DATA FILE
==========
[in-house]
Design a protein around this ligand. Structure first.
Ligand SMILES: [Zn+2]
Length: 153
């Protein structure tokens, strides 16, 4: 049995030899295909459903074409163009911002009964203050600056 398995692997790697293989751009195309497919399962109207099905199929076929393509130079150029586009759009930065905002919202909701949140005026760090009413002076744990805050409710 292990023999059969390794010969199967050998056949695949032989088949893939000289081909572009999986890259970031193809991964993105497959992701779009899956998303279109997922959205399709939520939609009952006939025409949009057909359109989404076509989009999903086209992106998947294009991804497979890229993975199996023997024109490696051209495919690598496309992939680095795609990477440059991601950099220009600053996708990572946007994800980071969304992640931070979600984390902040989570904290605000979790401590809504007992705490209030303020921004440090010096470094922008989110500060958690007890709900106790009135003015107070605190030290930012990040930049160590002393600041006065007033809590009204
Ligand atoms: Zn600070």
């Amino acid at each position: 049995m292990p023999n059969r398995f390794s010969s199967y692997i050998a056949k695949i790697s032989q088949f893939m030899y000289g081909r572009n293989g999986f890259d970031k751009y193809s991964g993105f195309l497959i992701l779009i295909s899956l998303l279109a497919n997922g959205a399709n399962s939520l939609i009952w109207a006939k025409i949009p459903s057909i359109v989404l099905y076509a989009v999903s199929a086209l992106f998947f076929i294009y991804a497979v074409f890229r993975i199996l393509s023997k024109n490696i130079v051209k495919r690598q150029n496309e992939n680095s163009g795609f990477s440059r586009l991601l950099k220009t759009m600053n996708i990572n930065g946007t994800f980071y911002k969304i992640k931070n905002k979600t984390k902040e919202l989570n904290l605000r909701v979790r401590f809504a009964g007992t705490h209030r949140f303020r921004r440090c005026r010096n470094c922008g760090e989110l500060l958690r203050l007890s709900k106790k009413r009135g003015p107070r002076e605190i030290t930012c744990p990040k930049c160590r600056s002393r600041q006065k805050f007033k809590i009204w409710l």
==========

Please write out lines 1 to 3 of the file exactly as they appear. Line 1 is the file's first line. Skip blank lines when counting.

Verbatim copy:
[in-house]
Design a protein around this ligand. Structure first.
Ligand SMILES: [Zn+2]